Test & Trace and the mysterious 16%
Since the second wave really started to surge, the Test & Trace figures have slipped from the headlines.
But the data continues to be collected and are available weekly, up to Jan 6th currently, and because I smelt a rat, I had a quick look at performance.
Of particular interest is table 15, which is entitled “People identified as recent close contacts that were reached and told to self-isolate by whether they were household contacts, contacts not managed by local HPTs [Health Protection Teams].
This, for clarity, is the data for the contact tracing done by the private call centres, as opposed to the more complex tracing work done by the HPTs (Public Health England) when, at the post-test result triage stage, it is decided whether the positive case relates to some kind of institution e.g. care home in which case the HPT coordinates tracing with that institution and not directly with individuals.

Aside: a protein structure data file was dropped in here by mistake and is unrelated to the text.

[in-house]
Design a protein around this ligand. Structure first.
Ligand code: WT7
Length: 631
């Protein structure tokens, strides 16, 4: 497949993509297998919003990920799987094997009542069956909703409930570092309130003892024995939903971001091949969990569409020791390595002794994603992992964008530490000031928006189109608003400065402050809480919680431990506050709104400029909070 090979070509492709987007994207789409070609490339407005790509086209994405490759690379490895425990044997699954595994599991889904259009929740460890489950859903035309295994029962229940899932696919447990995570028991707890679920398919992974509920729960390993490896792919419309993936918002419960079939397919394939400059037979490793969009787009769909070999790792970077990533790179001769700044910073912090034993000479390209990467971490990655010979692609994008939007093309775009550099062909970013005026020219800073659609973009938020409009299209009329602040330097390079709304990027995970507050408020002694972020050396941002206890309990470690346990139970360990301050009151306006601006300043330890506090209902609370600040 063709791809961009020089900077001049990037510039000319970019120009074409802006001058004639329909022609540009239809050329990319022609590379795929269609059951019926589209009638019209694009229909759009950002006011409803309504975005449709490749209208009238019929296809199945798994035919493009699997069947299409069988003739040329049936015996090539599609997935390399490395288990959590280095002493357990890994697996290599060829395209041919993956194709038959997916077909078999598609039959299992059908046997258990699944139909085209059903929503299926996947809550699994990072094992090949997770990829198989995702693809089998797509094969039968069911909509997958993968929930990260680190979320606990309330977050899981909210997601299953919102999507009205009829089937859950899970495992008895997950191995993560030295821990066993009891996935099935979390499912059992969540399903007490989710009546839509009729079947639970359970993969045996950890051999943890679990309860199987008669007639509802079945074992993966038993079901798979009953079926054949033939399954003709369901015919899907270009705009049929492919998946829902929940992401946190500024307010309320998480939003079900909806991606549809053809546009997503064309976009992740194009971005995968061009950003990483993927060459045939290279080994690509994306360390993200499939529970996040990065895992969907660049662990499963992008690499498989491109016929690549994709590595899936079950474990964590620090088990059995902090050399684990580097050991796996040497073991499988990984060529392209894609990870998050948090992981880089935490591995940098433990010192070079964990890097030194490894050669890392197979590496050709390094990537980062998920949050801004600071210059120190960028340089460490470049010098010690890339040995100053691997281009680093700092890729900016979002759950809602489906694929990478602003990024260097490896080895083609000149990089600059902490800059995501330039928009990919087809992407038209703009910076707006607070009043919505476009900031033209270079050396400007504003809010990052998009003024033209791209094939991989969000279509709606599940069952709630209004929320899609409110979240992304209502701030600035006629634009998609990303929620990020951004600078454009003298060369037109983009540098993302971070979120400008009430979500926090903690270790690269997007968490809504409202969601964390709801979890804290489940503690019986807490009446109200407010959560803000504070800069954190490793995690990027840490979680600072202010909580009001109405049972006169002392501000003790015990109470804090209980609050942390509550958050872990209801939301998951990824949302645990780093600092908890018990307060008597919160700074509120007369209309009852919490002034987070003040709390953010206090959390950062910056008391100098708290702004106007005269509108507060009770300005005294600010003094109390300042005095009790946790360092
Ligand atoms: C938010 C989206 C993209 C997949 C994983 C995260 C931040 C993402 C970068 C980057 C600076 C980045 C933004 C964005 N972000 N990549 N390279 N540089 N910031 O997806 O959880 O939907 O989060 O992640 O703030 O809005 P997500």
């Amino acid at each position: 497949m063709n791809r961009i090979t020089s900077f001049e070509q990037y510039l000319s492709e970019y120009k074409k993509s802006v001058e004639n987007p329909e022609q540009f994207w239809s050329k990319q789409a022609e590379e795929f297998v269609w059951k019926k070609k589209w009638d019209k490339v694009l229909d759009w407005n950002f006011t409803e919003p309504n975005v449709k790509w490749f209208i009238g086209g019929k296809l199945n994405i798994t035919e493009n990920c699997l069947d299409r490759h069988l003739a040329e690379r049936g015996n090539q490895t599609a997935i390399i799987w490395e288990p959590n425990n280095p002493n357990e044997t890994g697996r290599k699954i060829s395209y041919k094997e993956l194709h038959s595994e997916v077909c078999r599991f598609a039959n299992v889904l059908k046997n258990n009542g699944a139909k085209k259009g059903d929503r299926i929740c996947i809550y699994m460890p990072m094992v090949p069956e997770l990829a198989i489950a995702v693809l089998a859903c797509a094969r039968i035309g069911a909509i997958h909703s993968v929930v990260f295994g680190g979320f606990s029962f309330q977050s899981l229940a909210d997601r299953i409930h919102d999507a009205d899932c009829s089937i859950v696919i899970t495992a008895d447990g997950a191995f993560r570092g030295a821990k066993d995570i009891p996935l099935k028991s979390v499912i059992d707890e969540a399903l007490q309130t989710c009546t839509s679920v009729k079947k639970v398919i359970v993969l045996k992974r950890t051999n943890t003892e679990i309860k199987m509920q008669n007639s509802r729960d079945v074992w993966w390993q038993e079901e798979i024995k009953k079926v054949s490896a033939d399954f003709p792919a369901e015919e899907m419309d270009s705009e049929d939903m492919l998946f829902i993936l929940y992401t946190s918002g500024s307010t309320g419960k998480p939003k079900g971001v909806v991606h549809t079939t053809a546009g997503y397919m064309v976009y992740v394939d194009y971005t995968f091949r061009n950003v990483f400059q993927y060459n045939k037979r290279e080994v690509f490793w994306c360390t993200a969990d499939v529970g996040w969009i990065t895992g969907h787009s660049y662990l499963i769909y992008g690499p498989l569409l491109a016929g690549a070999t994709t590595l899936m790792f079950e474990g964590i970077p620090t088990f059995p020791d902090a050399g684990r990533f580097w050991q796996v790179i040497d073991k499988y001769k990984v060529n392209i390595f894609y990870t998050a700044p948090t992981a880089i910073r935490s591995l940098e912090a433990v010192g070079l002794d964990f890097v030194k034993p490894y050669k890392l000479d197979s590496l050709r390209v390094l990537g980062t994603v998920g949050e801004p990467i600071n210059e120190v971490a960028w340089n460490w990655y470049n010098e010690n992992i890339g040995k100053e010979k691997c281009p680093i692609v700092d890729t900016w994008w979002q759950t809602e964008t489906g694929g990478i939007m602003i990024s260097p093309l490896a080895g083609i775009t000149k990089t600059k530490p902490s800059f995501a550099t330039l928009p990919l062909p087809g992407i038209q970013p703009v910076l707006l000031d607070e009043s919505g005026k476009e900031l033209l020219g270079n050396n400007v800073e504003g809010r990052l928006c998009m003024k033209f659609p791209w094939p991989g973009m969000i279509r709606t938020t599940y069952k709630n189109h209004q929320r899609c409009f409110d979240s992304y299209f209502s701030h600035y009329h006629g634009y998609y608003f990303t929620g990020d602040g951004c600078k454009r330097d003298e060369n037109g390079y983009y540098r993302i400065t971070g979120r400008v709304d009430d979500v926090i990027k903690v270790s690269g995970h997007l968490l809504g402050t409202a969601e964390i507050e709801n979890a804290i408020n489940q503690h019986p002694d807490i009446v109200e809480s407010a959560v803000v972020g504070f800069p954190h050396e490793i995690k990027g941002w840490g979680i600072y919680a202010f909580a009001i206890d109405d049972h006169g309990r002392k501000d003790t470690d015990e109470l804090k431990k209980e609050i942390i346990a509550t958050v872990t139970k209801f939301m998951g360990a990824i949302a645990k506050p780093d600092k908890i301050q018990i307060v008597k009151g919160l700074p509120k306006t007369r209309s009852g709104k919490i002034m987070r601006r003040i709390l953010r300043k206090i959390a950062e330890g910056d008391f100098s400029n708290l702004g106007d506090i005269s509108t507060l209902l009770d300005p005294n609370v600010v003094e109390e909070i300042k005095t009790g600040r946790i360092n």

For the most recent week in the table (to January 6th), this table sows (cells BL5 & BL6) that 612,377 (83.7%) of the 731,733 people counted as traced contacts of the person testing positive were in the same household as the person who had tested positive.
This is not surprising, but what is noteworthy is the note that accompanies the table:
From 18 November 2020 there has been a change in how household contacts under 18 are contacted. They are no longer contacted individually by contact tracers, but instead the case is asked to inform these individuals that they need to self-isolate. The case provides basic information for the contacts and they are marked as complete. From 27 November 2020 this has been extended to cover adults in the same household also.